So how do we go about building a backtesting environment that we can use as a decision-support tool? Unfortunately, backtesting is not a trivial matter and there are a number of pitfalls and subtle biases that can creep in and send things haywire. But that’s OK, in my experience the people who are attracted to algorithmic trading are usually up for a challenge!

At its most simple level, backtesting requires that your trading algorithm’s performance be simulated using historical market data, and the profit and loss of the resulting trades aggregated. This sounds simple enough, but in practice it is incredibly easy to get inaccurate results from the simulation, or to contaminate it with bias such that it provides an extremely poor basis for making decisions. Dealing with these two problems requires that we consider:

1. The accuracy of our simulation; and
2. Our experimental methodology and framework for drawing conclusions from its results

Both these aspects need to be considered in order to have any level of confidence in the results of a backtest. I can’t emphasize enough just how important it is to ensure these concepts are taken care of adequately; compromising them can invalidate the results of the experiment. Most algorithmic traders spend vast amounts of time and effort researching and testing ideas and it is a tragic waste of time if not done properly. The next sections explore these concepts in more detail.

# Simulation Accuracy

If a simulation is not an accurate reflection of reality, what value is it? Backtests need to be as true a reflection of real trading as necessary to make them fit for their intended purpose. In theory, they should generate the very same trades with the same results as live trading the same system during the same time period.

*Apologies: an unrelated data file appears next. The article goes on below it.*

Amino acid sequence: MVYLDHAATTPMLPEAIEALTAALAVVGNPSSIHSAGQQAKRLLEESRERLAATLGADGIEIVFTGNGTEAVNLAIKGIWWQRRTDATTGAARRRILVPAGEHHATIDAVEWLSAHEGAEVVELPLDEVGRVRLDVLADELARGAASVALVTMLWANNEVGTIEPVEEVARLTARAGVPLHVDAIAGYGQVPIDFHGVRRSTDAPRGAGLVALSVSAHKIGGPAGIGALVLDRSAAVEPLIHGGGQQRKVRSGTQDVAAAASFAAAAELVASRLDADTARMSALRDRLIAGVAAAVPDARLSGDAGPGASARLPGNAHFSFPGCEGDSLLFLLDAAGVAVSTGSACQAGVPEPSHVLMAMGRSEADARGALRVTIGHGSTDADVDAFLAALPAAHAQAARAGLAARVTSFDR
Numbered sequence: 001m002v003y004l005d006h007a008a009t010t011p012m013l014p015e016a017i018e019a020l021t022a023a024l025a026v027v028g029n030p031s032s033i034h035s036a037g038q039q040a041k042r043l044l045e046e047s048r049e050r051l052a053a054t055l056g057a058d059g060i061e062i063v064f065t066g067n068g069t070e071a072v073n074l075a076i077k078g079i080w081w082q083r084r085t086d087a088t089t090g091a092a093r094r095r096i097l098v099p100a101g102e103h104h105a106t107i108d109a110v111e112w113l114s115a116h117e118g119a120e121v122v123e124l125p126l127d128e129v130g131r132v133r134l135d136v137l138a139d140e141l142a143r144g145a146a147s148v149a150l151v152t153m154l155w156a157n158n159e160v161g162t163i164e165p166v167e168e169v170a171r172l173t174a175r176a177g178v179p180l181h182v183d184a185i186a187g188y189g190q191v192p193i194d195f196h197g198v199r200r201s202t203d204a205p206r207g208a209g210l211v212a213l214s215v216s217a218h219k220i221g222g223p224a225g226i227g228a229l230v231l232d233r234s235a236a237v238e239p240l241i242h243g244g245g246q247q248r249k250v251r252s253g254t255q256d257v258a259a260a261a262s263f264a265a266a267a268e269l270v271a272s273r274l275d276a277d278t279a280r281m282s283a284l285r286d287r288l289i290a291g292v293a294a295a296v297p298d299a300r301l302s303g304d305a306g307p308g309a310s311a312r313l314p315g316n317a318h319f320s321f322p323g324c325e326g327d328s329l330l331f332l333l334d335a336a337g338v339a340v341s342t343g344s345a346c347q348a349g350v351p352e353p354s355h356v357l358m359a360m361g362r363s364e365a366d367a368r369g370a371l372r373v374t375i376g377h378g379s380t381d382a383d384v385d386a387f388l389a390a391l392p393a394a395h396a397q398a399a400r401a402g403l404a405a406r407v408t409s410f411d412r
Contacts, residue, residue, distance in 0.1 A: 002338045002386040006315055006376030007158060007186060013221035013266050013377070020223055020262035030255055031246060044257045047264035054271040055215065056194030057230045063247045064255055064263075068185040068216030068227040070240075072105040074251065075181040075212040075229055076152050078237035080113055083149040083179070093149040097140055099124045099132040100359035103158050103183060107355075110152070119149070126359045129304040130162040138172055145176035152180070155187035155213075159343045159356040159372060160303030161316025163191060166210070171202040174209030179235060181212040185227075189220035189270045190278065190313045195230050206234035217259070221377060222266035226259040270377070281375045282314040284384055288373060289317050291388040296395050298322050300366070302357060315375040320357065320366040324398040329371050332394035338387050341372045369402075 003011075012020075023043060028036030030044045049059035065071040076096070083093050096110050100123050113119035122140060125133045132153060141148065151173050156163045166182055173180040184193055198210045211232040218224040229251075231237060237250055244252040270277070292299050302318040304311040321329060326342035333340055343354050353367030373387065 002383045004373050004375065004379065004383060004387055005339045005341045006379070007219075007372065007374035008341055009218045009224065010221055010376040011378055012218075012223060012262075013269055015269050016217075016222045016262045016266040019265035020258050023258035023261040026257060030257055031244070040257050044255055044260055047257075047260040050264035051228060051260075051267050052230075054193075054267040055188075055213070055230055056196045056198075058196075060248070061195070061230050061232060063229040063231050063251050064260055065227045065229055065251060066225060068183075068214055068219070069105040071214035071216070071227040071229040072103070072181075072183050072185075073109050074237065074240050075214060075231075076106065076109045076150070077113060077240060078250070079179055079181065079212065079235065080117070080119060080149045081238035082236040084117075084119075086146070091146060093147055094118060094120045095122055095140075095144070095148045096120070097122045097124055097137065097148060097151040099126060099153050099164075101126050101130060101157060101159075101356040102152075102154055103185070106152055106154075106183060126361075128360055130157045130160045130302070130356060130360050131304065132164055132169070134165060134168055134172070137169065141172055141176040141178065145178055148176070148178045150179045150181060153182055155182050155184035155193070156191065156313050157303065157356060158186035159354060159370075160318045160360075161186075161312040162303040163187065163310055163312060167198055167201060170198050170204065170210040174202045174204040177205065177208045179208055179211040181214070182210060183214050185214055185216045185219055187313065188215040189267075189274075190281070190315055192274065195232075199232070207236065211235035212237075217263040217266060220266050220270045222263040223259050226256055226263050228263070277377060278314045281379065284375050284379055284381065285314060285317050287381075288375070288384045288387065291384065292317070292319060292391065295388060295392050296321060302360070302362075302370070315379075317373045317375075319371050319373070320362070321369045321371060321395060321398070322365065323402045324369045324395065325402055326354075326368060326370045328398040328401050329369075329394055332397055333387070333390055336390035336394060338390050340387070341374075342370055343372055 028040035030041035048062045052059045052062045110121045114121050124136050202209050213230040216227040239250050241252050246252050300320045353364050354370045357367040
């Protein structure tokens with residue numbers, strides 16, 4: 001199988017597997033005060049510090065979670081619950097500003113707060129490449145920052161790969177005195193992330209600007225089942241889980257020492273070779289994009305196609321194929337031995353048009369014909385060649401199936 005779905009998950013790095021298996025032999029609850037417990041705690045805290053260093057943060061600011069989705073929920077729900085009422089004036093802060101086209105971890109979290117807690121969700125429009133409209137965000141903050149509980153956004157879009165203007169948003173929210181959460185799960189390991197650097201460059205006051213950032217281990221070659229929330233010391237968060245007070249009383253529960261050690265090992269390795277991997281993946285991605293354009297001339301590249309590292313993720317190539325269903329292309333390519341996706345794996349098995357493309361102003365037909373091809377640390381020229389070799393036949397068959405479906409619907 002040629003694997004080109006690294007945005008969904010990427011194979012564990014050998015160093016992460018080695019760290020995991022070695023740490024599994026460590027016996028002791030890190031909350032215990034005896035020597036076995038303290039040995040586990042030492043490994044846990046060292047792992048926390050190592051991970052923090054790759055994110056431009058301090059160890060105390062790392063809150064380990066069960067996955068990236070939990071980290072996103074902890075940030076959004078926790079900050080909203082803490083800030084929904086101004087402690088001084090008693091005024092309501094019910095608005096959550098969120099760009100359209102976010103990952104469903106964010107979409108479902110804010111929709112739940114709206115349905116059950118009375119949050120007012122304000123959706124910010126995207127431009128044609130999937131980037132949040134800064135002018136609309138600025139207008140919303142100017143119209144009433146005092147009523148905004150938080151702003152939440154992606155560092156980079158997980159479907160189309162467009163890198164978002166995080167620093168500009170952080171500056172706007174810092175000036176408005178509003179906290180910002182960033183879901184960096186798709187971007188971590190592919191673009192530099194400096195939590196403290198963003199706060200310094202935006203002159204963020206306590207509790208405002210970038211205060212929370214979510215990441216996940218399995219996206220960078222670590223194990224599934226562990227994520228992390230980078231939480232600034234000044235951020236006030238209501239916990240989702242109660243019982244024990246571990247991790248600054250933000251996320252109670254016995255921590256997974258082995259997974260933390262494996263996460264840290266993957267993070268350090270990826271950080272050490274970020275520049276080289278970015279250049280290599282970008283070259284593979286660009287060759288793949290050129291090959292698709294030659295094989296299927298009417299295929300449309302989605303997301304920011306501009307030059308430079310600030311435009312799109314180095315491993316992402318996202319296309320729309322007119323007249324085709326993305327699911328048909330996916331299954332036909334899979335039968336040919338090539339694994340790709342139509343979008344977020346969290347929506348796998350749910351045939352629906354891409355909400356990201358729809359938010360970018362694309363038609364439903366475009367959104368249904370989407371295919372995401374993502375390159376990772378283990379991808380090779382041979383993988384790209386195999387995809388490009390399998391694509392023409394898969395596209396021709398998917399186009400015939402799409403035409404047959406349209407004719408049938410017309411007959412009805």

In order to understand the accuracy of a backtest, you need to understand how the results are simulated and what the limitations of the simulation are. The reality is that no model can precisely capture the phenomena being simulated, but it is possible to build a model that is useful for its intended purposes. It is imperative that we create models that are as accurate a reflection of reality as possible, but equally that we are aware of the limitations. Even the most realistic backtesting environments have limitations.

Backtesting accuracy can be affected by:

• The parameters that describe the trading conditions (spread, slippage, commission, swap) for individual brokers or execution infrastructure. Most brokers or trading setups will result in different conditions, and conditions are rarely static. For example, the spread of a market (the difference between the prices at which the asset can be bought and sold) changes as buyers and sellers submit new orders and amend old ones. Slippage (the difference between the target and actual prices of trade execution) is impacted by numerous phenomena including market volatility, market liquidity, the order type and the latency inherent in the trade execution path. The method of accounting for these time-varying trading conditions can have a big impact on the accuracy of a simulation. The most appropriate method will depend on the strategy and its intended use. For example, high-frequency strategies that are intended to be pushed to their limits of capacity would benefit from modelling the order book for liquidity. That approach might be overkill for a monthly ETF rotation strategy being used to manage an individual’s retirement savings.